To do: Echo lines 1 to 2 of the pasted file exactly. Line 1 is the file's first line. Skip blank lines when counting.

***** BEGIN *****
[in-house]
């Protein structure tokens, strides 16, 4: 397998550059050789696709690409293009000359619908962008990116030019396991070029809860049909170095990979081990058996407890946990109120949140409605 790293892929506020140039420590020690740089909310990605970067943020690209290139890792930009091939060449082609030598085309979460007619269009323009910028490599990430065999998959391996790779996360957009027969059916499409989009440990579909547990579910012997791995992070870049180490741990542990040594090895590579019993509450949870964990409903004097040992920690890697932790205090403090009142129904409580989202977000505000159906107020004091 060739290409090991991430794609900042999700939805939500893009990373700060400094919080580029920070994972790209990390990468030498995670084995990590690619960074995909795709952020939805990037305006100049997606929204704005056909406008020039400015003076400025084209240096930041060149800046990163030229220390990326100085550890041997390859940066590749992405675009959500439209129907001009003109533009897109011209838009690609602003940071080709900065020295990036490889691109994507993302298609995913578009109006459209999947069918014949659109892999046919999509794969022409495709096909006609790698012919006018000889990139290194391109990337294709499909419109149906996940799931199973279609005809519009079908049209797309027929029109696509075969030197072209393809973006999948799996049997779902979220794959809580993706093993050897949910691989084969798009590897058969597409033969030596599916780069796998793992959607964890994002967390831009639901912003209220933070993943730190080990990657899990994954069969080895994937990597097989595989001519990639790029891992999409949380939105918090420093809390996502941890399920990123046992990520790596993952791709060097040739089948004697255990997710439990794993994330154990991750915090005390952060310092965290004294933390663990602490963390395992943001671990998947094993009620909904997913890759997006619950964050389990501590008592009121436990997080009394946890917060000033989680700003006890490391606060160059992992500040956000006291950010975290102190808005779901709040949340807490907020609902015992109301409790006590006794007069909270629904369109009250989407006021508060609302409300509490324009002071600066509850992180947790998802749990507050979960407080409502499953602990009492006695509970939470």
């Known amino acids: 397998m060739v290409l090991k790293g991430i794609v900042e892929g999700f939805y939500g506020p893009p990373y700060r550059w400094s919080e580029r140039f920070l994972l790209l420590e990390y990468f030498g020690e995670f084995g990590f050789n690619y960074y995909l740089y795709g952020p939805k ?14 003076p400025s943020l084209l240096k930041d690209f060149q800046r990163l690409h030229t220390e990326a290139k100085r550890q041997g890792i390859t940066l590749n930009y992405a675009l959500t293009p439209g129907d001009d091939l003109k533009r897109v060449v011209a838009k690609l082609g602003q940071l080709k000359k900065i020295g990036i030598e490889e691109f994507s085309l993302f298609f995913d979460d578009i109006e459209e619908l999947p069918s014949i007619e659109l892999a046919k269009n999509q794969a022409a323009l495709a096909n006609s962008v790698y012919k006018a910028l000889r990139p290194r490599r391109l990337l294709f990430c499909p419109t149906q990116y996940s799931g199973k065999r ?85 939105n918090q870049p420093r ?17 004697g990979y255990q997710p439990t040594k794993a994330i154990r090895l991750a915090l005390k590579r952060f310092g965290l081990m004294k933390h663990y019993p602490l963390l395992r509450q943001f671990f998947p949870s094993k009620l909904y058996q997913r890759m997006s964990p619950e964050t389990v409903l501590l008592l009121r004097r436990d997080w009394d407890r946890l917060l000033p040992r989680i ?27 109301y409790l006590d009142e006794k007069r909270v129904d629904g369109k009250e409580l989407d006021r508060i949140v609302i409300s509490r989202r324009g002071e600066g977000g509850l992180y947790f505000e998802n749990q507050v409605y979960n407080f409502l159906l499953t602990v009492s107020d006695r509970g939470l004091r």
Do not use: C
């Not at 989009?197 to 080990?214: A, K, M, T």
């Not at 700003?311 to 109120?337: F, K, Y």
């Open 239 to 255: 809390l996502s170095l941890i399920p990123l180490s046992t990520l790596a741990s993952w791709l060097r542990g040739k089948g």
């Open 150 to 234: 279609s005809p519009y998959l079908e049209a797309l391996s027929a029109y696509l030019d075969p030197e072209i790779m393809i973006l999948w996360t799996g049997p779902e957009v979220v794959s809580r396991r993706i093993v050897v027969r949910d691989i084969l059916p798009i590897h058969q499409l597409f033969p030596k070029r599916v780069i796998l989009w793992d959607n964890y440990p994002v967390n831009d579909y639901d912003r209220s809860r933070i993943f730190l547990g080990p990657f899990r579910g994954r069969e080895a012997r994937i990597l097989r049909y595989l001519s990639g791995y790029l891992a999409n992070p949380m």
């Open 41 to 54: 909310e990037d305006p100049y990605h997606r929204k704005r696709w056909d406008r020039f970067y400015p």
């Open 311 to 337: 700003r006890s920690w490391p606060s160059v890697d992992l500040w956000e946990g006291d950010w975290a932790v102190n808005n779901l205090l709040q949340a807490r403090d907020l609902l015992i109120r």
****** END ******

[in-house]
């Protein structure tokens, strides 16, 4: 397998550059050789696709690409293009000359619908962008990116030019396991070029809860049909170095990979081990058996407890946990109120949140409605 790293892929506020140039420590020690740089909310990605970067943020690209290139890792930009091939060449082609030598085309979460007619269009323009910028490599990430065999998959391996790779996360957009027969059916499409989009440990579909547990579910012997791995992070870049180490741990542990040594090895590579019993509450949870964990409903004097040992920690890697932790205090403090009142129904409580989202977000505000159906107020004091 060739290409090991991430794609900042999700939805939500893009990373700060400094919080580029920070994972790209990390990468030498995670084995990590690619960074995909795709952020939805990037305006100049997606929204704005056909406008020039400015003076400025084209240096930041060149800046990163030229220390990326100085550890041997390859940066590749992405675009959500439209129907001009003109533009897109011209838009690609602003940071080709900065020295990036490889691109994507993302298609995913578009109006459209999947069918014949659109892999046919999509794969022409495709096909006609790698012919006018000889990139290194391109990337294709499909419109149906996940799931199973279609005809519009079908049209797309027929029109696509075969030197072209393809973006999948799996049997779902979220794959809580993706093993050897949910691989084969798009590897058969597409033969030596599916780069796998793992959607964890994002967390831009639901912003209220933070993943730190080990990657899990994954069969080895994937990597097989595989001519990639790029891992999409949380939105918090420093809390996502941890399920990123046992990520790596993952791709060097040739089948004697255990997710439990794993994330154990991750915090005390952060310092965290004294933390663990602490963390395992943001671990998947094993009620909904997913890759997006619950964050389990501590008592009121436990997080009394946890917060000033989680700003006890490391606060160059992992500040956000006291950010975290102190808005779901709040949340807490907020609902015992109301409790006590006794007069909270629904369109009250989407006021508060609302409300509490324009002071600066509850992180947790998802749990507050979960407080409502499953602990009492006695509970939470």